Water Quality At Risk If A Terminal Is Built To Send Coal Along The Columbia River


Just when it seemed that there could not be any further problems for the coal industry in Oregon, the have been denied the chance for their controversial terminal, when the permit was denied.

Environmentalists are happy as the dock would have been used to take coal along the Columbia River and there are reports that there is politics at play regarding the rejection. The company it appears have stated that they are still hopeful that the feds will take their side when they make their review.

Liz Fuller speaking in behalf of Australia-based Ambre Energy said “We’re disappointed, but it’s not the end.” She went on to explain that there were already three permits in place but it seemed that a number of politicians were opposed to it including the Oregon Gov. John Kitzhaber.

It is believed that if this project was allowed to go ahead, there would be advantages for both the export industry and the national economy. At the time this report was released, NMA President Hal Quinn is quoted as saying “These findings underscore the potential for other states, especially on the West Coast, to benefit economically from sharply rising coal demand from Asia projected over the coming decades.”


Permission is also required from the Army Corps of Engineers and while they could not be forced to give a commitment, it is believed that the template they use is not as detailed as the previous ones. A spokesman has said “Our permit is limited to the impact of the specific activity on the waterway, so in this case, it’s the building of the dock. “River traffic, shipping coal – burning coal – some of these fall under the jurisdiction of other agencies but they are beyond the regulation or expertise of the Army Corps of Engineers.”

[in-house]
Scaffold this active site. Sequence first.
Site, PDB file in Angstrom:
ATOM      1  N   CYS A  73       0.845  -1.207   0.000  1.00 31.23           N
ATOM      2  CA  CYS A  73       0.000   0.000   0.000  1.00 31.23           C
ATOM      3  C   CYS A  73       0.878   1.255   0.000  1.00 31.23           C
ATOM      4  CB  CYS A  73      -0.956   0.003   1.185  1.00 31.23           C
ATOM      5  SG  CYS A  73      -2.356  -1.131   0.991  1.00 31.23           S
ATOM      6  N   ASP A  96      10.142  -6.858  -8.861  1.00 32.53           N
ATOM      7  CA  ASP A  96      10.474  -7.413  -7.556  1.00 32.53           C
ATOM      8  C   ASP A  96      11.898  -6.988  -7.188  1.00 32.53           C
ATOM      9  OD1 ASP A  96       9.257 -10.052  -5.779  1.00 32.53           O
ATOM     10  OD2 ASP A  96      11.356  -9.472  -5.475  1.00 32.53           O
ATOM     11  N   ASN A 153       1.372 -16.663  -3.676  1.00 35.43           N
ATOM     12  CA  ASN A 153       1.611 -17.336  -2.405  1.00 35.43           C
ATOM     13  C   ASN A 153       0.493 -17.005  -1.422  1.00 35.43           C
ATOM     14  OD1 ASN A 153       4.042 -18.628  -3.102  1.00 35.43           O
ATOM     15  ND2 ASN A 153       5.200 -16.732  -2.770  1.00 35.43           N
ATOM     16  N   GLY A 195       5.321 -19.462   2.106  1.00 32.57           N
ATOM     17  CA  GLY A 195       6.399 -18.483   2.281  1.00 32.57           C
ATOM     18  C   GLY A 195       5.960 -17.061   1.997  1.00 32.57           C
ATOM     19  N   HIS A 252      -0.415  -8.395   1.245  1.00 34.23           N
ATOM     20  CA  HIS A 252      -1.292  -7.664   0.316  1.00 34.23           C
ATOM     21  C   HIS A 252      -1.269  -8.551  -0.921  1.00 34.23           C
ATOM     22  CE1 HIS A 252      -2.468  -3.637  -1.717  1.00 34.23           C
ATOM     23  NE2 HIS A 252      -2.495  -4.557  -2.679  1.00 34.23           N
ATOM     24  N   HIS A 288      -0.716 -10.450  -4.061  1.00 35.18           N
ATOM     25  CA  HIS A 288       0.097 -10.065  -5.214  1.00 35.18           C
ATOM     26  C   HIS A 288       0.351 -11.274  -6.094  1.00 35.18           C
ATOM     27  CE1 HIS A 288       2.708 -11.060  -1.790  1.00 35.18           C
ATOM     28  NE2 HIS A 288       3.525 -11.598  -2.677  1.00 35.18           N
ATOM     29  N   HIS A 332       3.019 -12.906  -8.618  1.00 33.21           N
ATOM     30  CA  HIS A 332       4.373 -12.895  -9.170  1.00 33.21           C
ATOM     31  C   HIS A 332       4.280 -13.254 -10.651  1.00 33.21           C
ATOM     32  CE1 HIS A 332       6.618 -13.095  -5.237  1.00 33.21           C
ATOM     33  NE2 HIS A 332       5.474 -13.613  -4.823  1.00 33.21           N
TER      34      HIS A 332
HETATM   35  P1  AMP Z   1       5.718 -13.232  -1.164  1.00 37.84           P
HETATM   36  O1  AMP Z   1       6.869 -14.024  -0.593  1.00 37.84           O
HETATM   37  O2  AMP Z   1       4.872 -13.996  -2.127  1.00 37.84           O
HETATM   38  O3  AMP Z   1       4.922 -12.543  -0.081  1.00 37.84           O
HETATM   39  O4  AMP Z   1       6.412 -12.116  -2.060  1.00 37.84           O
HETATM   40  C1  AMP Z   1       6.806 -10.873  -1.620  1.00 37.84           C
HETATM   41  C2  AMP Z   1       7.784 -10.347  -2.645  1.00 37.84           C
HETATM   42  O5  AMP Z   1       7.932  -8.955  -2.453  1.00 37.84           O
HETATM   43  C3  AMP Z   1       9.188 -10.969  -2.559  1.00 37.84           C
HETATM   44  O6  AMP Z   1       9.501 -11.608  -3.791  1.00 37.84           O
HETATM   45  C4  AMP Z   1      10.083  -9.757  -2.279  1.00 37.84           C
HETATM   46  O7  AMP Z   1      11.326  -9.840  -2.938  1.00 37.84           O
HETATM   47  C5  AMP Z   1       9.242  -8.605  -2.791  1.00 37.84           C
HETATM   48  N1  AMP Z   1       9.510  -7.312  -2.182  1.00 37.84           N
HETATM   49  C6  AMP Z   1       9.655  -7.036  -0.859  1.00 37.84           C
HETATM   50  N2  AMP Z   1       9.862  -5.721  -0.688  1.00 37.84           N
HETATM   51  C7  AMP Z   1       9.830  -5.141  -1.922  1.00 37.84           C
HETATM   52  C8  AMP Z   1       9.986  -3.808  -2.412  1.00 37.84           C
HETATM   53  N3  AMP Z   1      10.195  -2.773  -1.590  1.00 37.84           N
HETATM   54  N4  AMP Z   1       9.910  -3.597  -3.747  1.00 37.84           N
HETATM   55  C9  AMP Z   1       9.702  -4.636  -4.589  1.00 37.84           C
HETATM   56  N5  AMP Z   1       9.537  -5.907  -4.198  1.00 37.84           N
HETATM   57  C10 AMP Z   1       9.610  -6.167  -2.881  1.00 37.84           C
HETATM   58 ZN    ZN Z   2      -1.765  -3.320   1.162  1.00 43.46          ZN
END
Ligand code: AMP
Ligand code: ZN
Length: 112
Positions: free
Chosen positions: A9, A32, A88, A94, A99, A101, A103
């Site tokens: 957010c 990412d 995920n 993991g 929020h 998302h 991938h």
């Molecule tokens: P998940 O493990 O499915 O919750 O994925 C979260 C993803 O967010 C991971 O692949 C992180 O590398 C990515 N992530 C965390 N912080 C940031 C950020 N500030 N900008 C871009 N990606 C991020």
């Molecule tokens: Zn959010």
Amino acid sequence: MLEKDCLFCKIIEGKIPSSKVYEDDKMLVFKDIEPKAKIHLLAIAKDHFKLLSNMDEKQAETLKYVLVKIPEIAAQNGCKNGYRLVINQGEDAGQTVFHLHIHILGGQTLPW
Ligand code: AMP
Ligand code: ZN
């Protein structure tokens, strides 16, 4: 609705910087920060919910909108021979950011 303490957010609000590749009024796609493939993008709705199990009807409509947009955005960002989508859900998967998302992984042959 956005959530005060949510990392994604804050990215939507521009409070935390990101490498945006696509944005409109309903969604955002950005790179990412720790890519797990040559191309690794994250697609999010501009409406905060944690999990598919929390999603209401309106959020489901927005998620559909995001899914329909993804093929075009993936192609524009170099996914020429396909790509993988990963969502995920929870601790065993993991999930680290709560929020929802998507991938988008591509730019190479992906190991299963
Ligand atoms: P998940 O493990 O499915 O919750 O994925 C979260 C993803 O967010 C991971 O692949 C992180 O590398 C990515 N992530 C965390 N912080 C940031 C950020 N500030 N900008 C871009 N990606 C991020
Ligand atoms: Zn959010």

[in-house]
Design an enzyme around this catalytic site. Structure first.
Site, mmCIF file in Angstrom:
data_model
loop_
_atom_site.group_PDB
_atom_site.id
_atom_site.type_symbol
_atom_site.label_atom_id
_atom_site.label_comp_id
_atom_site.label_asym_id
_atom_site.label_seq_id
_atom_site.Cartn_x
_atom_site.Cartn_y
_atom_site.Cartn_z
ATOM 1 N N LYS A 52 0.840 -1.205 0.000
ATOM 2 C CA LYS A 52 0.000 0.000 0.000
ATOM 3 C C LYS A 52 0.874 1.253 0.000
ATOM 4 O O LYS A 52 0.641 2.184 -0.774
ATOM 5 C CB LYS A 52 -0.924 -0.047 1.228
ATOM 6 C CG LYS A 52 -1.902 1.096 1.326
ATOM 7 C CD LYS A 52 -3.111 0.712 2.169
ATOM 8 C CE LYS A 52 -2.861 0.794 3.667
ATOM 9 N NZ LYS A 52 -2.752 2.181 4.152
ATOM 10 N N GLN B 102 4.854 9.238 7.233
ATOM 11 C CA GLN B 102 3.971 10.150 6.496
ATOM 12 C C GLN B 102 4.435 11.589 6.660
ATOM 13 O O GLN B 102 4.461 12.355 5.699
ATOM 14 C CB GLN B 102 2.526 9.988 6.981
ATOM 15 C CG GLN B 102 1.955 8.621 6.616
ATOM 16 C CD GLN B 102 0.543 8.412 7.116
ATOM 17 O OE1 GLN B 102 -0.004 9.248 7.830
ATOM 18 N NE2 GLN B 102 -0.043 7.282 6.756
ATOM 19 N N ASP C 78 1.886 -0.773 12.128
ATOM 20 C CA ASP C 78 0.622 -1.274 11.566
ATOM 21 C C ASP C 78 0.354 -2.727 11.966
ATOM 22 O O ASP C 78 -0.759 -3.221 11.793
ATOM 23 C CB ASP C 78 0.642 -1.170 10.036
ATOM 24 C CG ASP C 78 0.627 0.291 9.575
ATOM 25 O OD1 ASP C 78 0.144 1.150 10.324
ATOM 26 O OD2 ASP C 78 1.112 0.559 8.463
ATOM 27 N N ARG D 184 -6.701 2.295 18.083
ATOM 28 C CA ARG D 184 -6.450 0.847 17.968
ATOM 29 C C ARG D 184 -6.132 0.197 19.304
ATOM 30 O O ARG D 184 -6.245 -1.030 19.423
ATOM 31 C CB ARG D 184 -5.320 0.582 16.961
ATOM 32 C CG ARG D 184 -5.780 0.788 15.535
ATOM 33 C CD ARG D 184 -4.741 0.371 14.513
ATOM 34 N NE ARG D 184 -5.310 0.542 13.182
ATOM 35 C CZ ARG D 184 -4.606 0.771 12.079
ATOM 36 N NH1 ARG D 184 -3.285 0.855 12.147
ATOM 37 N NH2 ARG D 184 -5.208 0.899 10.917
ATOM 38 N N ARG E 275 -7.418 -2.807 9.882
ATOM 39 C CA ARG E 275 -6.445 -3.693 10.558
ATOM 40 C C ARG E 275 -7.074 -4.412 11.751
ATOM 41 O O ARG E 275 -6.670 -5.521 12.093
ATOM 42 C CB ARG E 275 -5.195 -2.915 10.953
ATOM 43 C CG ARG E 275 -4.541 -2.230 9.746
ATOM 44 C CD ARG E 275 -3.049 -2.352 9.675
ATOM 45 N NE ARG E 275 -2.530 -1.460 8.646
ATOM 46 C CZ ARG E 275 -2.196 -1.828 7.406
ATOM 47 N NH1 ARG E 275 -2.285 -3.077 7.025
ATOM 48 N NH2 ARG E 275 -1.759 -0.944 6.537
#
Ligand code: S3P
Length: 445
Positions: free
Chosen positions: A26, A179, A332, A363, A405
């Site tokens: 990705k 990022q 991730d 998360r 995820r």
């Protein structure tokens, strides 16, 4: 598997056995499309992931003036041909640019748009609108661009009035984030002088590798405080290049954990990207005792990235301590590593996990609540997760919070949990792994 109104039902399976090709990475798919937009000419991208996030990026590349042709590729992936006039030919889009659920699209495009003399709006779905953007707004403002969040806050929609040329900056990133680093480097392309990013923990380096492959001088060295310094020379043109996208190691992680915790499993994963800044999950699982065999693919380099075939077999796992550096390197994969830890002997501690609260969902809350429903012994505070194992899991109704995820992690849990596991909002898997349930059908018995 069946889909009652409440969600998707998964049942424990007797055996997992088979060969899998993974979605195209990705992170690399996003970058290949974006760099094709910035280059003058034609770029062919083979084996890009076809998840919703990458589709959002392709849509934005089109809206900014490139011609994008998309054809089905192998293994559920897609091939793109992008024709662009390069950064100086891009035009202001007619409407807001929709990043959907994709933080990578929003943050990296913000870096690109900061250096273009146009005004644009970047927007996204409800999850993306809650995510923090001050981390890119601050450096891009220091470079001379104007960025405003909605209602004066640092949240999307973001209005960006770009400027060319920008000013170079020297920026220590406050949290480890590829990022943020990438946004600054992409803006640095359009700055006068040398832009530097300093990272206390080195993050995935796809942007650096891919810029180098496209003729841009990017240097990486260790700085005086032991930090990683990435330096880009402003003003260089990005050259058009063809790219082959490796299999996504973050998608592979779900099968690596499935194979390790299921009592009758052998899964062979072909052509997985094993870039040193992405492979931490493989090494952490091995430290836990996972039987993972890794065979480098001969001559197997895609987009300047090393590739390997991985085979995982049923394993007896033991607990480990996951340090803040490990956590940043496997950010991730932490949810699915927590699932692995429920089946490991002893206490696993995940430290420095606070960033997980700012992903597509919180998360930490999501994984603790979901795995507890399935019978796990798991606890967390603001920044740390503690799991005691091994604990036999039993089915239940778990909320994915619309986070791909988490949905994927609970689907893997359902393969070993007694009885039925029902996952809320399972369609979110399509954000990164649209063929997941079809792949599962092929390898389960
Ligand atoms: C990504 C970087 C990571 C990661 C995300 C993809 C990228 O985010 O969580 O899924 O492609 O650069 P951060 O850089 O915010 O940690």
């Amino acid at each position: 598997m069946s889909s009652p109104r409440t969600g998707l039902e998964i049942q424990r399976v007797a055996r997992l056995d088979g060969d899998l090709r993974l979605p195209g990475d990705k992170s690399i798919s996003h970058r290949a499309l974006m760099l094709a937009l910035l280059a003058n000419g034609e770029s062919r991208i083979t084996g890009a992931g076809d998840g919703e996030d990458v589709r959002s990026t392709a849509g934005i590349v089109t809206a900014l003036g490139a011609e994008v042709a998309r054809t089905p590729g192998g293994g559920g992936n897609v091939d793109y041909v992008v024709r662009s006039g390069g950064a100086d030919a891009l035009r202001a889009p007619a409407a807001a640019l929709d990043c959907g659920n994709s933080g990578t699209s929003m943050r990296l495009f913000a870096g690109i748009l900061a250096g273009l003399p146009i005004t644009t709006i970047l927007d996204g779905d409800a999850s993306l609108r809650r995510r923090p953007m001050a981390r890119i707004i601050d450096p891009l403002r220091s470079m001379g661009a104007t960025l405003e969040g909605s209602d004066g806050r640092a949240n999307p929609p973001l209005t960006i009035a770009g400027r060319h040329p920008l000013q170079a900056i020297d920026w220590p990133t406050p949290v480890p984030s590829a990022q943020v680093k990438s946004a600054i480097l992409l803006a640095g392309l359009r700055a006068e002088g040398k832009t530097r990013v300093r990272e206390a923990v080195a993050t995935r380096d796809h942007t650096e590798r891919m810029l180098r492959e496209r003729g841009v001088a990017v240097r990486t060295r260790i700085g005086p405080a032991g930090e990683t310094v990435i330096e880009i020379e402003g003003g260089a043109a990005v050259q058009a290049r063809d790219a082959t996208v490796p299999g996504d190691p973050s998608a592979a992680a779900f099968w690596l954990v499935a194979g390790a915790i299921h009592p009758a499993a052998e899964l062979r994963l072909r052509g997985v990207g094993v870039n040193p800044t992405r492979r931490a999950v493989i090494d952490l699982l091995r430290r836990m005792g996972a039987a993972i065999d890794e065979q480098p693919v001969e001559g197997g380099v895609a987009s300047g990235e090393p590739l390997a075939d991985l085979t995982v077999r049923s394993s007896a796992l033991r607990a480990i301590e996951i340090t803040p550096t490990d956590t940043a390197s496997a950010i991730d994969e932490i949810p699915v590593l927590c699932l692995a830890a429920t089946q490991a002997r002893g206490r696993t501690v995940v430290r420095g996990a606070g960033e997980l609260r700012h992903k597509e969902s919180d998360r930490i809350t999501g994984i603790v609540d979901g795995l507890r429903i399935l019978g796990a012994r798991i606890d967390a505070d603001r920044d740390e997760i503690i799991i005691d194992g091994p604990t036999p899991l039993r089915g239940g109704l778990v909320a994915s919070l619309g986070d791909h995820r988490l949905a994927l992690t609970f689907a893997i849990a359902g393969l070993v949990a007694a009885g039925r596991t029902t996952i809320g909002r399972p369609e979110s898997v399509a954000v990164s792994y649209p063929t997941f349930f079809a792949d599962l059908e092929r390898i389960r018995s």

Luke Popovich speaking on behalf of NMA explained that there was a need for energy across the world“We have the most of what the world wants the most of.” He also bemoaned the fact that there had been a“well-orchestrated campaign” to prevent terminals being set up.

When trying to explain objections, the executive director of Columbia Riverkeeper Brett Vandenhuevel said the main concerns were the impact on water and air quality. He stated that “the opposition was unprecedented,” and thousands attended public meetings. He ended by saying “People really took a stand and said they don’t want to be a conduit for dirty coal.”

Liz Fullers final words were to explain that environmental concerns had been taken seriously. “It’s been tough,” she said, “but we really feel that our project really met Oregon state standards.”

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